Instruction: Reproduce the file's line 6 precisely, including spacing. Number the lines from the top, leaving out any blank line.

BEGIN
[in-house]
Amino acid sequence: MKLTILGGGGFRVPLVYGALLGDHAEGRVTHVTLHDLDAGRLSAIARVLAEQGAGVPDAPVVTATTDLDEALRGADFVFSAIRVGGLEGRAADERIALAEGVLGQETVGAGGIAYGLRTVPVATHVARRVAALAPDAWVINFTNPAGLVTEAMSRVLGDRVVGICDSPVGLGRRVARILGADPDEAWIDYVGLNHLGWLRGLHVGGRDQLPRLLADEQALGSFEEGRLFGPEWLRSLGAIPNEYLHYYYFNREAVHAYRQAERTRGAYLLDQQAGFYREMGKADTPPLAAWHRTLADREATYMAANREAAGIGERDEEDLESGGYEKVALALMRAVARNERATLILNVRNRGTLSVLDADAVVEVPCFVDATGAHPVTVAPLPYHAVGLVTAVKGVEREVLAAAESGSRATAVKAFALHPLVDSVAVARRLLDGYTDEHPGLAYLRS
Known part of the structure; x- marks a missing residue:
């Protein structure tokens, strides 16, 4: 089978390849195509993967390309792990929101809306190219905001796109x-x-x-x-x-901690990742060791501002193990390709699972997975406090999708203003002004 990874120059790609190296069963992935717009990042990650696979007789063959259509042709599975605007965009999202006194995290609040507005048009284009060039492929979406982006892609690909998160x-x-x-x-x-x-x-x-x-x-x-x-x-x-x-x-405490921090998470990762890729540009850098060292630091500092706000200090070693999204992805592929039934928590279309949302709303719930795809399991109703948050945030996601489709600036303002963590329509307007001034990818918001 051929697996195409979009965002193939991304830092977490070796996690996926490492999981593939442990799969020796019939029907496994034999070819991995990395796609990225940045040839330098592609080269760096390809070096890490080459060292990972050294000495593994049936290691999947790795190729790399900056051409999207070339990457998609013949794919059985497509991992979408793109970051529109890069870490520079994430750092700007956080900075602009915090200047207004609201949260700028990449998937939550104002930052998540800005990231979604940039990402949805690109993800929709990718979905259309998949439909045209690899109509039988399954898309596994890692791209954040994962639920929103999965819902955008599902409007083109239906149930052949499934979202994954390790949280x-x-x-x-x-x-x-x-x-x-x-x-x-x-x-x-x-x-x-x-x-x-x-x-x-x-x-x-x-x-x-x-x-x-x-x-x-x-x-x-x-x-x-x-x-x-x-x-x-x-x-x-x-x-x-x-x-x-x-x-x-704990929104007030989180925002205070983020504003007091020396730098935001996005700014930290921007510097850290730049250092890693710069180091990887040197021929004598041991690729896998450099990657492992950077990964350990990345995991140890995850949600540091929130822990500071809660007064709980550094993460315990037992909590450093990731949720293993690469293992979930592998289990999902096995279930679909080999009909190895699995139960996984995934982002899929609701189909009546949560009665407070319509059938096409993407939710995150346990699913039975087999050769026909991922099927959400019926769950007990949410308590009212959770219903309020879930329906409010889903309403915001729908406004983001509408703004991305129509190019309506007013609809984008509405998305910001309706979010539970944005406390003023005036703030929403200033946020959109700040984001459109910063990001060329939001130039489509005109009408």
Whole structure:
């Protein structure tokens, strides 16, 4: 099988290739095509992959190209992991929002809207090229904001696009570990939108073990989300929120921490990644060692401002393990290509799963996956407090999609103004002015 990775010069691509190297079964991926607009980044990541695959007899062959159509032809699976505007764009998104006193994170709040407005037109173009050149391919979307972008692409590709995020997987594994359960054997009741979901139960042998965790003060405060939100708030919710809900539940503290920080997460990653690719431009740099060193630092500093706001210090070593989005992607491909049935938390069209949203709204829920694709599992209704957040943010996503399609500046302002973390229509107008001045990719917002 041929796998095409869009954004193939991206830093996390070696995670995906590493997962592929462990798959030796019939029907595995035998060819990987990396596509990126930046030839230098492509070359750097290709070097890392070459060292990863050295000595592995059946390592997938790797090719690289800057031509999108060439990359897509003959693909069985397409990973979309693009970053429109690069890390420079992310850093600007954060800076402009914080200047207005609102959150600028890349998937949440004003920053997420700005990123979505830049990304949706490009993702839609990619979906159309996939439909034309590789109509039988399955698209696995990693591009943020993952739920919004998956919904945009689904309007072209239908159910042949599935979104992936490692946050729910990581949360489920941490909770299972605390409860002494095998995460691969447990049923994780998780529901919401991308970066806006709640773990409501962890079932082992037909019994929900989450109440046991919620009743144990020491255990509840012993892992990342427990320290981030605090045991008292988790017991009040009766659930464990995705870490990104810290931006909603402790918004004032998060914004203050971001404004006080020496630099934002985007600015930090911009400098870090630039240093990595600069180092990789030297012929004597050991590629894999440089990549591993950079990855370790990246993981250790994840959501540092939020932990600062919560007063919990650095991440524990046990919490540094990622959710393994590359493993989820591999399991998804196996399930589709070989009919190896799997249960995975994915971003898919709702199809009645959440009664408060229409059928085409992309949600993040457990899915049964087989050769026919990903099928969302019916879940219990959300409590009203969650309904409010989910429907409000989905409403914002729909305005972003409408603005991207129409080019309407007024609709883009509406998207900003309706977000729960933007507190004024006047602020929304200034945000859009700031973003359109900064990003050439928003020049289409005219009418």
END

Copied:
């Protein structure tokens, strides 16, 4: 099988290739095509992959190209992991929002809207090229904001696009570990939108073990989300929120921490990644060692401002393990290509799963996956407090999609103004002015 990775010069691509190297079964991926607009980044990541695959007899062959159509032809699976505007764009998104006193994170709040407005037109173009050149391919979307972008692409590709995020997987594994359960054997009741979901139960042998965790003060405060939100708030919710809900539940503290920080997460990653690719431009740099060193630092500093706001210090070593989005992607491909049935938390069209949203709204829920694709599992209704957040943010996503399609500046302002973390229509107008001045990719917002 041929796998095409869009954004193939991206830093996390070696995670995906590493997962592929462990798959030796019939029907595995035998060819990987990396596509990126930046030839230098492509070359750097290709070097890392070459060292990863050295000595592995059946390592997938790797090719690289800057031509999108060439990359897509003959693909069985397409990973979309693009970053429109690069890390420079992310850093600007954060800076402009914080200047207005609102959150600028890349998937949440004003920053997420700005990123979505830049990304949706490009993702839609990619979906159309996939439909034309590789109509039988399955698209696995990693591009943020993952739920919004998956919904945009689904309007072209239908159910042949599935979104992936490692946050729910990581949360489920941490909770299972605390409860002494095998995460691969447990049923994780998780529901919401991308970066806006709640773990409501962890079932082992037909019994929900989450109440046991919620009743144990020491255990509840012993892992990342427990320290981030605090045991008292988790017991009040009766659930464990995705870490990104810290931006909603402790918004004032998060914004203050971001404004006080020496630099934002985007600015930090911009400098870090630039240093990595600069180092990789030297012929004597050991590629894999440089990549591993950079990855370790990246993981250790994840959501540092939020932990600062919560007063919990650095991440524990046990919490540094990622959710393994590359493993989820591999399991998804196996399930589709070989009919190896799997249960995975994915971003898919709702199809009645959440009664408060229409059928085409992309949600993040457990899915049964087989050769026919990903099928969302019916879940219990959300409590009203969650309904409010989910429907409000989905409403914002729909305005972003409408603005991207129409080019309407007024609709883009509406998207900003309706977000729960933007507190004024006047602020929304200034945000859009700031973003359109900064990003050439928003020049289409005219009418």